You can suggest that the politics of those involved have no bearing on the accuracy of the reports. To which I can only suggest flipping it around:


I ask you to believe a report showing extremely low civilian casualties in Iraq. I repeatedly cite the report as evidence of what a good job we are doing in being careful about civilian casualties. This report has gotten tons of media and been used as evidence worldwide of how careful the US has been about civilian casualties in Iraq.

Meanwhile, an organization run by Iraqis reports much higher figures based on verified media reports. Statisticians on the left dispute the report’s methodologies, but their dispute gets little media attention.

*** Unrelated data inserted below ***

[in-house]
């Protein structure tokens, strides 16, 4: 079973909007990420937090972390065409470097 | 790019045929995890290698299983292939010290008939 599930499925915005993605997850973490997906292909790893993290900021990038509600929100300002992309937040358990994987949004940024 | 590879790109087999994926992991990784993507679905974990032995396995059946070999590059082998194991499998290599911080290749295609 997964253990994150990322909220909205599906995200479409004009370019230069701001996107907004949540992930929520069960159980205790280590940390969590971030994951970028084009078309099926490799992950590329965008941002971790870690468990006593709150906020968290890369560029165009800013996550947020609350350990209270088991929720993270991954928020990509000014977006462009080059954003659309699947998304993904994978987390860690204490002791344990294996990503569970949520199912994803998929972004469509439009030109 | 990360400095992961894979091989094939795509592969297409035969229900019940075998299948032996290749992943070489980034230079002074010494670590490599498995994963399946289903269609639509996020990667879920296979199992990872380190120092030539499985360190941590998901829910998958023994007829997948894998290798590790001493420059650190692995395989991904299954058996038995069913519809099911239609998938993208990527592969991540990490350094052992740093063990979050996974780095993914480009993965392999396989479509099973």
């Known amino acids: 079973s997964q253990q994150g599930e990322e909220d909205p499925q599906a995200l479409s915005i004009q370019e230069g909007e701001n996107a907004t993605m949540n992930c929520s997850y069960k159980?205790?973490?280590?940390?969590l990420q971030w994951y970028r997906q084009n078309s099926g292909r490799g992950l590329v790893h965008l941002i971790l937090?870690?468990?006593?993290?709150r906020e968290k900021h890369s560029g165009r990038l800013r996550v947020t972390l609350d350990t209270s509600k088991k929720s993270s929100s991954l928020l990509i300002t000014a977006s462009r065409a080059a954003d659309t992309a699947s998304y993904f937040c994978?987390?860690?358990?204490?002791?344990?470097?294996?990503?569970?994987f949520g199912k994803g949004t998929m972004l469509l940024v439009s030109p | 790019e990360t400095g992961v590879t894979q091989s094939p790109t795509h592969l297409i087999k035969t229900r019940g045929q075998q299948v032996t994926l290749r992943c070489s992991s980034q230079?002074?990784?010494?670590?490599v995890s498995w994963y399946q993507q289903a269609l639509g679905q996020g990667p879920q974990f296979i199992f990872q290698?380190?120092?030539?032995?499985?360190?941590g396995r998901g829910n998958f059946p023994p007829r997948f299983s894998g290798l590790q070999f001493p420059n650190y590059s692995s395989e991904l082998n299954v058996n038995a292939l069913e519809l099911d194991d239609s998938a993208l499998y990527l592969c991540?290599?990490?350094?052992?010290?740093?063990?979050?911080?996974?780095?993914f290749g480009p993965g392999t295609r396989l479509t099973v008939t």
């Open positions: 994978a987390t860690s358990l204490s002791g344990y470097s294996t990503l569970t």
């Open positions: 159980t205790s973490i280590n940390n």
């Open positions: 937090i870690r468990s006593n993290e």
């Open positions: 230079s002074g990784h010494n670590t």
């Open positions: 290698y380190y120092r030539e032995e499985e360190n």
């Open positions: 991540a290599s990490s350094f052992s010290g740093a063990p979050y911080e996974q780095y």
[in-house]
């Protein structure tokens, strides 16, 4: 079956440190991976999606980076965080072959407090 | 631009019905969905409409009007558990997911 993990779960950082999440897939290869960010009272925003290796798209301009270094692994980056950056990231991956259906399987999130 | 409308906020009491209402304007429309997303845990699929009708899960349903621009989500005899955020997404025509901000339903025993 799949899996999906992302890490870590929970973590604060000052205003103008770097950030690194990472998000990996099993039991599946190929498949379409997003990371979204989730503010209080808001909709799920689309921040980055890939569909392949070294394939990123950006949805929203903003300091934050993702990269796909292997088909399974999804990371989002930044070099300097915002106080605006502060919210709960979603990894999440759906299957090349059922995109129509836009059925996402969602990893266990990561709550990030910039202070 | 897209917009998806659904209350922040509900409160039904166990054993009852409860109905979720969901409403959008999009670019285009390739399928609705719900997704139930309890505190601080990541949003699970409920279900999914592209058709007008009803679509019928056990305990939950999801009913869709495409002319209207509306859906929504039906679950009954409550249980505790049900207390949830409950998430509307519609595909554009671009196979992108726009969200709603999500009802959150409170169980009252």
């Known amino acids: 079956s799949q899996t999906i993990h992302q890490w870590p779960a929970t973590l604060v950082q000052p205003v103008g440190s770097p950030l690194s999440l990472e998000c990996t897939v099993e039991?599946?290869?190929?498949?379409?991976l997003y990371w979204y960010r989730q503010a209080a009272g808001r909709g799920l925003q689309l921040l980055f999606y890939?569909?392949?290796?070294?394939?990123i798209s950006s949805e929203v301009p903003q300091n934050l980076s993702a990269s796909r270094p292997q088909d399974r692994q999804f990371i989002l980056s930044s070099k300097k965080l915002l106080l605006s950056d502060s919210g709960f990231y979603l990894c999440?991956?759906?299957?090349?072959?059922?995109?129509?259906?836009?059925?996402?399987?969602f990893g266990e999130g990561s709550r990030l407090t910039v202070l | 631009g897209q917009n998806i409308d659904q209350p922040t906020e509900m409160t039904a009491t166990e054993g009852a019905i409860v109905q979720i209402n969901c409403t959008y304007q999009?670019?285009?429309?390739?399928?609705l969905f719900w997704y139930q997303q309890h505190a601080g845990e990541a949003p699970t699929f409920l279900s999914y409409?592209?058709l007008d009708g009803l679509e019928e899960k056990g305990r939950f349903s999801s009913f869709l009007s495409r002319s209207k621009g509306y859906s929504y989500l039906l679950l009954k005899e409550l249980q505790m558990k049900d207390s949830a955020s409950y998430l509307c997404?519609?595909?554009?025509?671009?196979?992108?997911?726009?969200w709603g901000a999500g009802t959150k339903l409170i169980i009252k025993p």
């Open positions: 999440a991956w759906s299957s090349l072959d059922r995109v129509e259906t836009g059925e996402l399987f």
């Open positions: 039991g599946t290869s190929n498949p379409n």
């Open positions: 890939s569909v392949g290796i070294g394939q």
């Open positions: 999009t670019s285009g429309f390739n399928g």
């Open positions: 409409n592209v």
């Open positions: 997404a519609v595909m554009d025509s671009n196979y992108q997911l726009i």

Then you find out:

-The authors are on the record as being adamantly pro-war.

-They admit to timing the reports to influence elections and bolster support for the neo-cons. In fact an author insisted on that as a condition.

-The editor who expedited the peer-review process and didn’t feel the need to see the surveyors' original data is also on the record as pro-war.

-A lead author states that he fully understood the need to step beyond peer-review journals and statistical analyses if you are going to effectively foster democracy in the ME…that he considers himself an advocate for spreading democracy, by the gun if necessary.

-Same author concedes that the only certain way to collect information for a study of Iraqi war casualties would be through a full census, but hey, this has got to be close.

-The Iraqi in charge of the survey worked with no supervision. He previously (Saddam era) was associated with the Iraqi opposition and advocated an invasion to overthrow Saddam.